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Introduction to the Exhibition:"Albrecht Dürer: Master Drawings, Watercolors, and Prints from the Albertina"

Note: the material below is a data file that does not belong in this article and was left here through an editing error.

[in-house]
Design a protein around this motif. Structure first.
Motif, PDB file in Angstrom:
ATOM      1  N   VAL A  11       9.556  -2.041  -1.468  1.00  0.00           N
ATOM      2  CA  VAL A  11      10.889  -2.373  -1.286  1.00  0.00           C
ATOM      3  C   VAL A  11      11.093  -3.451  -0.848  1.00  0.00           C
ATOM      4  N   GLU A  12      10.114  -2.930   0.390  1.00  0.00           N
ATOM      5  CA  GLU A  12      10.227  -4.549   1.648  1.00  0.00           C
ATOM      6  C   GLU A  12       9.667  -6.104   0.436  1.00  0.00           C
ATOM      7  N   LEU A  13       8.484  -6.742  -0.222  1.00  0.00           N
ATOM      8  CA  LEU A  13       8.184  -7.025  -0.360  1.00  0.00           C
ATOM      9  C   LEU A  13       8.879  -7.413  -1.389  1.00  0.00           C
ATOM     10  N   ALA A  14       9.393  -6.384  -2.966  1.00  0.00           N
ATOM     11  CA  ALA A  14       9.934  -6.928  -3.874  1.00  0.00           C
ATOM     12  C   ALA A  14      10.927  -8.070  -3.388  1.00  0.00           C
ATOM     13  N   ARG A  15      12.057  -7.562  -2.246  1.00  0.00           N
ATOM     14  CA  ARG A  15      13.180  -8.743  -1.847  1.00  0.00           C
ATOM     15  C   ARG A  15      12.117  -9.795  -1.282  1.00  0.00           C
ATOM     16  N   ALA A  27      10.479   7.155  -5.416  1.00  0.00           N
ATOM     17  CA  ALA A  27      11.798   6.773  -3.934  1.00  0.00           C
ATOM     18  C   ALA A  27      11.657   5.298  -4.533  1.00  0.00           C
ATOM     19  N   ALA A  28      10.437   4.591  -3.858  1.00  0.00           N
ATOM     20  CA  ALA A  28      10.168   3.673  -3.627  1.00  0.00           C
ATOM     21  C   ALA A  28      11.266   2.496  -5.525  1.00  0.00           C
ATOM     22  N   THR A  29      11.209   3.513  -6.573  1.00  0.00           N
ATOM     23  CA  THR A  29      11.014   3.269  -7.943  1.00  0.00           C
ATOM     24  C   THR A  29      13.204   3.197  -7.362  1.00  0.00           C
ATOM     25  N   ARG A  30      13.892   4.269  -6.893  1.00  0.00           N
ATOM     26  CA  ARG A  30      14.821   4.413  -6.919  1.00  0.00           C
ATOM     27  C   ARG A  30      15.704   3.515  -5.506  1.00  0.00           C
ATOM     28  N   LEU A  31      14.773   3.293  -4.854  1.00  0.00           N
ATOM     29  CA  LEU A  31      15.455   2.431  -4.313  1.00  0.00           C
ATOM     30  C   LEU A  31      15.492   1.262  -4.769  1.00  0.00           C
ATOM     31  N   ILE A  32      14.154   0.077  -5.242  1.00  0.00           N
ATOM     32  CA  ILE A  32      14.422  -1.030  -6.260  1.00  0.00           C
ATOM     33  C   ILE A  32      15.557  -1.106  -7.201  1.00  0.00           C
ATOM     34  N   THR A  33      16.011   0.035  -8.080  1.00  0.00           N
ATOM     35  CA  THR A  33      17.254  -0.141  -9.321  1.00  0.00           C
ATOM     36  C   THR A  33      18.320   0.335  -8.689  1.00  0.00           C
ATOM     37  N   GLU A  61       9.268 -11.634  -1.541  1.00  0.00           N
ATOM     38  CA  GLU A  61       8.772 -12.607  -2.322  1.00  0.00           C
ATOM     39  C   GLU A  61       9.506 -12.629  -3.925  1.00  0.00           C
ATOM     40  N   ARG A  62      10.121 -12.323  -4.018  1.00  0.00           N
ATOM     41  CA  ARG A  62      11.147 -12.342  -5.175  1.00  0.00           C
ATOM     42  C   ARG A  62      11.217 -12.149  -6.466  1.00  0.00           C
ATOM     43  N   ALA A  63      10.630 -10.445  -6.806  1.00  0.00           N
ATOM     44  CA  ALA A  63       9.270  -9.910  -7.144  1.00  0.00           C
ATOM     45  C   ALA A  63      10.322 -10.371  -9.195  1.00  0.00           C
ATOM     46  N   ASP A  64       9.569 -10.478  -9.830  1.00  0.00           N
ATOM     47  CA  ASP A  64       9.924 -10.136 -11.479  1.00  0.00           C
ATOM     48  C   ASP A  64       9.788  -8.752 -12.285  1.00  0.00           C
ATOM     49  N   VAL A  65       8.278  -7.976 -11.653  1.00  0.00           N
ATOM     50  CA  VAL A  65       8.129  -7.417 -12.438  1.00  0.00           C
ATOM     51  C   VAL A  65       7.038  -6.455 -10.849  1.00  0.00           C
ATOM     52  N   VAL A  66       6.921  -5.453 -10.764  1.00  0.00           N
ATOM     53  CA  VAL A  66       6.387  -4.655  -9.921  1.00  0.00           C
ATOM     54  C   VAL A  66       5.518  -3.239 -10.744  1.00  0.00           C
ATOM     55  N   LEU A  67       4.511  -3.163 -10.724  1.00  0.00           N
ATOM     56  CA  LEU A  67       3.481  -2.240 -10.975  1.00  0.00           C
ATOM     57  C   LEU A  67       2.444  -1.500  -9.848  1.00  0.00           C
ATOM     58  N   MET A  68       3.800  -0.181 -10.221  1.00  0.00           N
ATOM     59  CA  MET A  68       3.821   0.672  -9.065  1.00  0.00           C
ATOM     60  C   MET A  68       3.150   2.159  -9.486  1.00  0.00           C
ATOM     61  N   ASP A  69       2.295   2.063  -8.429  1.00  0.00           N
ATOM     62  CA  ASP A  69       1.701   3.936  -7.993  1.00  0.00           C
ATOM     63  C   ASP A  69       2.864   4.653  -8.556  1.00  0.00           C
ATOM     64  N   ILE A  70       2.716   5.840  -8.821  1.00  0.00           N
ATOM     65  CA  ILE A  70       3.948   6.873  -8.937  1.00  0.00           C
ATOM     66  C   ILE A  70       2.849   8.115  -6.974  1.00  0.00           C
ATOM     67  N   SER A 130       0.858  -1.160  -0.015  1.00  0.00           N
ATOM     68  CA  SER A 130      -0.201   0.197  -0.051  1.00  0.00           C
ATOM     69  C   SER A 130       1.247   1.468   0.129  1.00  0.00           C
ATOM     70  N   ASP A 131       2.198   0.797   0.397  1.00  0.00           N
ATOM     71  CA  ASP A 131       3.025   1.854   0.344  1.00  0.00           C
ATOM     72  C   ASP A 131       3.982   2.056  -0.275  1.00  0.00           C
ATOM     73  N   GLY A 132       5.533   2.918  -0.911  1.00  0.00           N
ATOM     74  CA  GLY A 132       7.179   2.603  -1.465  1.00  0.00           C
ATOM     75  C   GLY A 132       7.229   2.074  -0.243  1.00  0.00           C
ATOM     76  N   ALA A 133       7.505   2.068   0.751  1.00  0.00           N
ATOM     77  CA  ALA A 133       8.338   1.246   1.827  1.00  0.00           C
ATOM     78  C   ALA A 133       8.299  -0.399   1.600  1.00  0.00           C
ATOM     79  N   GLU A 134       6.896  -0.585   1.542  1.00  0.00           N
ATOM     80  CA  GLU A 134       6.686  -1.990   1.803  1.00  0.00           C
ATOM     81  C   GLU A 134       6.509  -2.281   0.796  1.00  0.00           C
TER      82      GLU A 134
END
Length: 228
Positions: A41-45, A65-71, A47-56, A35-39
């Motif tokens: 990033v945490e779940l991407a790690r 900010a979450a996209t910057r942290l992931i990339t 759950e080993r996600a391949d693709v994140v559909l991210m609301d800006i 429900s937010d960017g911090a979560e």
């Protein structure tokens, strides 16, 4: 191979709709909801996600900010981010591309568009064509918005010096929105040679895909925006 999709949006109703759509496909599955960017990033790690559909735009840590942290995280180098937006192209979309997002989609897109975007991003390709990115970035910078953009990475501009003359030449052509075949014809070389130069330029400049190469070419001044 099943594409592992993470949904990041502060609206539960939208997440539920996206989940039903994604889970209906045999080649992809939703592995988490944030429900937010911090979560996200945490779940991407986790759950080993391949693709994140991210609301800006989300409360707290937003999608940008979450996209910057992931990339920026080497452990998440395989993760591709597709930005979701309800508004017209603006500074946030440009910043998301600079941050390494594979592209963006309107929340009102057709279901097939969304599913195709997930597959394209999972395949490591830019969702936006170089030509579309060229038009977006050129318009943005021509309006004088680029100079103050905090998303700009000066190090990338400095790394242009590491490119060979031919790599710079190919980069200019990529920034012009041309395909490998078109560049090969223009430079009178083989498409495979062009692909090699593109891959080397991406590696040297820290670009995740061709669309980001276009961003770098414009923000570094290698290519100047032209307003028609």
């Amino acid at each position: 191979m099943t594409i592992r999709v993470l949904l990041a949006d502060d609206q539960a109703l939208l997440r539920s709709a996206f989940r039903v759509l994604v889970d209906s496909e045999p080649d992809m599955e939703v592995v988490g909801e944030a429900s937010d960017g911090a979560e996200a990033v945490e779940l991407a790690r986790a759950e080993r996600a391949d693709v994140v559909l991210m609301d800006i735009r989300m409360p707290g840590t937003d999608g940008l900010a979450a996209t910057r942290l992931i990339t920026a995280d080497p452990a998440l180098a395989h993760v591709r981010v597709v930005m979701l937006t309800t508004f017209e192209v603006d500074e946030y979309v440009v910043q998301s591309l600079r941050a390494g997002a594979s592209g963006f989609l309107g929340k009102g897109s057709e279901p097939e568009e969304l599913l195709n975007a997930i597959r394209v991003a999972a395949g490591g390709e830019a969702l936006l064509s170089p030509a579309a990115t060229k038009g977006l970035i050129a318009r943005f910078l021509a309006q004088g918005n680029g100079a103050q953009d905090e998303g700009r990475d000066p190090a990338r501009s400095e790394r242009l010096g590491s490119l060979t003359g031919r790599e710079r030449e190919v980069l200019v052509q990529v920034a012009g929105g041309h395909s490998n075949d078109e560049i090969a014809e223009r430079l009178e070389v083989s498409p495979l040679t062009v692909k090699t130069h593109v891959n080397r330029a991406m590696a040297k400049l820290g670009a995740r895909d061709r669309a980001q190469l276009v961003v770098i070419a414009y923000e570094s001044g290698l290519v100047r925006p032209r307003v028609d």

Andrew Robison, A.W. Mellon Senior Curator of Prints and Drawings, National Gallery of Art. To celebrate the exhibition opening of Albrecht Dürer: Master Drawings, Watercolors, and Prints from the Albertina on March 24, 2013, Andrew Robison shares that, while the artist's paintings were prized, his most influential works were executed on paper. Albrecht Dürer (1471–1528) has long been considered the greatest German artist, uniquely combining the status held in Italian art by Michelangelo in the 16th century, by Raphael in the 18th and 19th centuries, and by Leonardo da Vinci in our own day. The finest collection of Dürer's drawings and watercolors is that of the Albertina in Vienna, Austria. One of the largest in the world, it is distinguished by many of the artist's most stunning masterpieces: watercolors such as The Great Piece of Turf, a sublime nature study of the Renaissance; chiaroscuro drawings such as The Praying Hands, surely the most famous drawing in the world; and the amazingly precocious silverpoint Self-Portrait at Thirteen, perhaps the earliest self-portrait drawing by any artist. On view through June 9, 2013, this groundbreaking exhibition presents 91 of the superb Dürer watercolors and drawings from the Albertina and 27 of the museum’s best related engravings and woodcuts. It also includes 19 closely related drawings and prints from the Gallery’s own collection.